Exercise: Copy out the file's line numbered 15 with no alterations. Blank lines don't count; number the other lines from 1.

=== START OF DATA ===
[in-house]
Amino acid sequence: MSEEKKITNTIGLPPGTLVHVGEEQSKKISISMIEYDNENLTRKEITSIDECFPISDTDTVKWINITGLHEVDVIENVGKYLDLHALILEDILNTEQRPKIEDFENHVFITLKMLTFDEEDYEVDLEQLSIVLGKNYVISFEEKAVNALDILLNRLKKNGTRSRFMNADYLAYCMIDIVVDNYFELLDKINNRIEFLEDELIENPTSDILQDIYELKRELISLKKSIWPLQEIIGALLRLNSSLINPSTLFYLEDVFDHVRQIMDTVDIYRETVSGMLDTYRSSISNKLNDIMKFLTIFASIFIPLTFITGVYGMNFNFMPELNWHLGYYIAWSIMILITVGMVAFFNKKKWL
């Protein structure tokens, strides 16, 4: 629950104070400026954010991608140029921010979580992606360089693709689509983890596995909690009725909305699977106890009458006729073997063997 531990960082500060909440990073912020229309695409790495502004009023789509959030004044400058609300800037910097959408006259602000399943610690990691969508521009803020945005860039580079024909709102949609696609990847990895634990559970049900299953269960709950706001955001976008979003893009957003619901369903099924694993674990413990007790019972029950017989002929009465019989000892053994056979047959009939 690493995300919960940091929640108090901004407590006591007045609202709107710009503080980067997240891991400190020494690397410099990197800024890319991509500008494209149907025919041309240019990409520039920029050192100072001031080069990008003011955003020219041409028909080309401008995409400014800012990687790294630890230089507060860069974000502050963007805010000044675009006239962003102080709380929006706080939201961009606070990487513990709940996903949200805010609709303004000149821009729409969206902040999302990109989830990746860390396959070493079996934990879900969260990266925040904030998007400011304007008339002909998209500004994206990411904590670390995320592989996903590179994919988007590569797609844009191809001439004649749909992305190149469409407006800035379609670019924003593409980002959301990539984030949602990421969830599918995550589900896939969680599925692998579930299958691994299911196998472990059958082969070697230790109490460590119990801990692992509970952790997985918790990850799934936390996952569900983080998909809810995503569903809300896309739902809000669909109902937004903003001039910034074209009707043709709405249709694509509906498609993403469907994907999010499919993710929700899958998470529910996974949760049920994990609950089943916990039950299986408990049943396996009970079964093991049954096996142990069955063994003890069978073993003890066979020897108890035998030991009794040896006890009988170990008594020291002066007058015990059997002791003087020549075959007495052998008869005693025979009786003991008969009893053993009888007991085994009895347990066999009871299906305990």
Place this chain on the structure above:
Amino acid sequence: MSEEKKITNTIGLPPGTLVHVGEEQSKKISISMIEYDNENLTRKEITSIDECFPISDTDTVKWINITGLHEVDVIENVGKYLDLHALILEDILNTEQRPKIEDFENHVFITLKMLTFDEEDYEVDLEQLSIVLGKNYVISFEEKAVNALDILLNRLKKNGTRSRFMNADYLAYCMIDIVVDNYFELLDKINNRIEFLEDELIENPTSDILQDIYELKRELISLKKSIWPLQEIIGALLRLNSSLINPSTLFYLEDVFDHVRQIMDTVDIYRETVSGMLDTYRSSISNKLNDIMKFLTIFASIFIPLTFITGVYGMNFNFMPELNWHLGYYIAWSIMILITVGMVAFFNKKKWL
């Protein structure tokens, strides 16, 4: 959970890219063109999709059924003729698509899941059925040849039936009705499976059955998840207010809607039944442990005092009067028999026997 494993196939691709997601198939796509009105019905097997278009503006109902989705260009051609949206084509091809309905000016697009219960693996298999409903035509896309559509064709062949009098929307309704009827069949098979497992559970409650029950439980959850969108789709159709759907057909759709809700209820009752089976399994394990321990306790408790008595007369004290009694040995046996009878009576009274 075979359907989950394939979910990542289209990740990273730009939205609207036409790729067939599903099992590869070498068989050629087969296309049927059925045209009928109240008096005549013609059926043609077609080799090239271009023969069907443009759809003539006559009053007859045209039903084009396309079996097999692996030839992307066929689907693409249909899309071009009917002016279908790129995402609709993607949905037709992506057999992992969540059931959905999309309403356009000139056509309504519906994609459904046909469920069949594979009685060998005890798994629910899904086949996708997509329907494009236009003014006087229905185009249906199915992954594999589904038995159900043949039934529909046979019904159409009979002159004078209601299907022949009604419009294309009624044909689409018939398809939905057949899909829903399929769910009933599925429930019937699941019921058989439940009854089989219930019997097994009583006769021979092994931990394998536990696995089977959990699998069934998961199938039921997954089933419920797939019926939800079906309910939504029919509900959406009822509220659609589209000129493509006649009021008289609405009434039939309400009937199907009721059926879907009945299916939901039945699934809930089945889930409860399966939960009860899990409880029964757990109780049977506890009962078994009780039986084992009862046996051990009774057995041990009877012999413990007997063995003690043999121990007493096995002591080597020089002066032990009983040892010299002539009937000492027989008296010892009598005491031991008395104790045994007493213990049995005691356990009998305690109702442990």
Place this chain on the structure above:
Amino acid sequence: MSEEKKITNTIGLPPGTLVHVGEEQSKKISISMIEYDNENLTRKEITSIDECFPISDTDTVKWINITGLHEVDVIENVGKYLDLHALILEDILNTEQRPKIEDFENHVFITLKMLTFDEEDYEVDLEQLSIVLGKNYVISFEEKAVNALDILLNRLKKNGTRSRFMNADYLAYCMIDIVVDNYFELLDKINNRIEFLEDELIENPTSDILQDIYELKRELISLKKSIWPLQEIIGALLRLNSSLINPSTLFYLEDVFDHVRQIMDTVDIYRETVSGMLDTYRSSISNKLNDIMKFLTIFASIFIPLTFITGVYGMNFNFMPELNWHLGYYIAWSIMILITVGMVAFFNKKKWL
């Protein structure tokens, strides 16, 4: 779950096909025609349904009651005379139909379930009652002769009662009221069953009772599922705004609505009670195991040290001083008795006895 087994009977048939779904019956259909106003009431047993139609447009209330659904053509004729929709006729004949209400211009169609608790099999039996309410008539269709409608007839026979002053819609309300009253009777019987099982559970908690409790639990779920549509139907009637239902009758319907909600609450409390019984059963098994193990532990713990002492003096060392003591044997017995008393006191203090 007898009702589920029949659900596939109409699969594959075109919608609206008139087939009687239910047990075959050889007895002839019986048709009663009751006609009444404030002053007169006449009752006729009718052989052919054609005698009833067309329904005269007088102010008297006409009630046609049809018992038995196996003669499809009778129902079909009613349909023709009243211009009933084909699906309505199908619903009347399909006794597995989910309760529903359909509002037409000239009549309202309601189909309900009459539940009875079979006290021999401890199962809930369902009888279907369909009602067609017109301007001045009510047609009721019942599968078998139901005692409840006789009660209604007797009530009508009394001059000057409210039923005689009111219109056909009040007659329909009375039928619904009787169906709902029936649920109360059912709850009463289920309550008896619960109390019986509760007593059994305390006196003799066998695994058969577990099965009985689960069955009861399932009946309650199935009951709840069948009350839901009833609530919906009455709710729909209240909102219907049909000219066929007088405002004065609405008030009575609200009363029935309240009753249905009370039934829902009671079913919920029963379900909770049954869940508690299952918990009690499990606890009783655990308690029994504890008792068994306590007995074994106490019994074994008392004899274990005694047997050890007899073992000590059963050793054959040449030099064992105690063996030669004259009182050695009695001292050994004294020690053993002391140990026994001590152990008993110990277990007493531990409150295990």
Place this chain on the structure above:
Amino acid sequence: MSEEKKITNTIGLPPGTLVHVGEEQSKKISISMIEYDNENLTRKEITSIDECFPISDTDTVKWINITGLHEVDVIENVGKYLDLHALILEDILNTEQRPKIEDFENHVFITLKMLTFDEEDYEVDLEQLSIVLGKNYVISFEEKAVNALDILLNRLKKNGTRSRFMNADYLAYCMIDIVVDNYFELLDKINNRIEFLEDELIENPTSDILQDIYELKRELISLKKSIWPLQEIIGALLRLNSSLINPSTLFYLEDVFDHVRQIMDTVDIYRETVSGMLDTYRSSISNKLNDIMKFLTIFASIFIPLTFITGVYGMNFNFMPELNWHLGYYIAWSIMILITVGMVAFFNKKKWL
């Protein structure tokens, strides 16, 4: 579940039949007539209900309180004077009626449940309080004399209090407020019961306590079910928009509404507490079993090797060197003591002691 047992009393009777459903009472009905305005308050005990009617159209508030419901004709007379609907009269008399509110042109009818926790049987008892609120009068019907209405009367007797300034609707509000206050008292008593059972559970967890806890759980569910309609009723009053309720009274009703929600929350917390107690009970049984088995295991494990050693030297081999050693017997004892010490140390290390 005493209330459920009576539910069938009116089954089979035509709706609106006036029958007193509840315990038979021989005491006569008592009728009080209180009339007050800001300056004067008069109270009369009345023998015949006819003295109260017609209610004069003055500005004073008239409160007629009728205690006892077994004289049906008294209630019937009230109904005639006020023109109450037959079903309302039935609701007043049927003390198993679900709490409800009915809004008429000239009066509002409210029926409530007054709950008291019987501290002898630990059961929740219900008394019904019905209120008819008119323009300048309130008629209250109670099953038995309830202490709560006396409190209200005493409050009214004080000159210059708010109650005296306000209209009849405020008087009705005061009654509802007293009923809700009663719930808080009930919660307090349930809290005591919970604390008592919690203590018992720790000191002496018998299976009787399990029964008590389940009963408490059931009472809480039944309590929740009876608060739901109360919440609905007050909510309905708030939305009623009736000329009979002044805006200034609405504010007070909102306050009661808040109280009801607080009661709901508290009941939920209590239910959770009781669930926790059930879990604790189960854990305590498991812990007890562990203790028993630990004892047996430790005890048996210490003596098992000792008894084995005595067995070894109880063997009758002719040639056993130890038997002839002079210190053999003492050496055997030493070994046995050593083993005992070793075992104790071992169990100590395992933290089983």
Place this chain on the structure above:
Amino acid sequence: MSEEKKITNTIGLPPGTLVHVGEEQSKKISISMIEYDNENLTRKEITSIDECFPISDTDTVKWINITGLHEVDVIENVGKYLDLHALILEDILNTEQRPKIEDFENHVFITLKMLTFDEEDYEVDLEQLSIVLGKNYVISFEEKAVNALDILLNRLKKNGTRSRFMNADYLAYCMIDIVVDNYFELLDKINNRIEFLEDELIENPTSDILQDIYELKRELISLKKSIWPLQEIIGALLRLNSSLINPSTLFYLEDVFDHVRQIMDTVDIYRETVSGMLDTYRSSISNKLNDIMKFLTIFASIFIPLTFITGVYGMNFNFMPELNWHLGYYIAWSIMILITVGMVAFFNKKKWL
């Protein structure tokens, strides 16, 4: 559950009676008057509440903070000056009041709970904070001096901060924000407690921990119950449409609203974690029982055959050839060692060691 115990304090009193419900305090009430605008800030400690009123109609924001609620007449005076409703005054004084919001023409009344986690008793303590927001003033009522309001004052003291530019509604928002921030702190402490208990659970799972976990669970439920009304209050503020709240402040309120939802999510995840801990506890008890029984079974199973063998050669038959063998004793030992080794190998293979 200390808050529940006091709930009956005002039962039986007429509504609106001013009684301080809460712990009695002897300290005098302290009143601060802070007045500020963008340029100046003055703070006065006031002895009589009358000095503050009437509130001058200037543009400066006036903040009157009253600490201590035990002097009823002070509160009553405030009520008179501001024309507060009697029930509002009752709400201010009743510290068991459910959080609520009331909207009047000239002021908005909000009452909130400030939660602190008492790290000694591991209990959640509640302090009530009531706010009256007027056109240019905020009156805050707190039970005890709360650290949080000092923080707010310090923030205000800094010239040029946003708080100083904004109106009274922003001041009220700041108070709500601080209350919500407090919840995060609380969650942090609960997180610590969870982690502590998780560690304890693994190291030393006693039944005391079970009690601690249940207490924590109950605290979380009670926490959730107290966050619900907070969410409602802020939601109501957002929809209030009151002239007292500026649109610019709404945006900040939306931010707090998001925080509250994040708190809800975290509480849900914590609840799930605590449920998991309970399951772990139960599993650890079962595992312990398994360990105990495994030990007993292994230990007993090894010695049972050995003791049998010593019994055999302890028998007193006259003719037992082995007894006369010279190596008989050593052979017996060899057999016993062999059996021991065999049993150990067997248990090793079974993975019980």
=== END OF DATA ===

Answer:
């Protein structure tokens, strides 16, 4: 559950009676008057509440903070000056009041709970904070001096901060924000407690921990119950449409609203974690029982055959050839060692060691 115990304090009193419900305090009430605008800030400690009123109609924001609620007449005076409703005054004084919001023409009344986690008793303590927001003033009522309001004052003291530019509604928002921030702190402490208990659970799972976990669970439920009304209050503020709240402040309120939802999510995840801990506890008890029984079974199973063998050669038959063998004793030992080794190998293979 200390808050529940006091709930009956005002039962039986007429509504609106001013009684301080809460712990009695002897300290005098302290009143601060802070007045500020963008340029100046003055703070006065006031002895009589009358000095503050009437509130001058200037543009400066006036903040009157009253600490201590035990002097009823002070509160009553405030009520008179501001024309507060009697029930509002009752709400201010009743510290068991459910959080609520009331909207009047000239002021908005909000009452909130400030939660602190008492790290000694591991209990959640509640302090009530009531706010009256007027056109240019905020009156805050707190039970005890709360650290949080000092923080707010310090923030205000800094010239040029946003708080100083904004109106009274922003001041009220700041108070709500601080209350919500407090919840995060609380969650942090609960997180610590969870982690502590998780560690304890693994190291030393006693039944005391079970009690601690249940207490924590109950605290979380009670926490959730107290966050619900907070969410409602802020939601109501957002929809209030009151002239007292500026649109610019709404945006900040939306931010707090998001925080509250994040708190809800975290509480849900914590609840799930605590449920998991309970399951772990139960599993650890079962595992312990398994360990105990495994030990007993292994230990007993090894010695049972050995003791049998010593019994055999302890028998007193006259003719037992082995007894006369010279190596008989050593052979017996060899057999016993062999059996021991065999049993150990067997248990090793079974993975019980």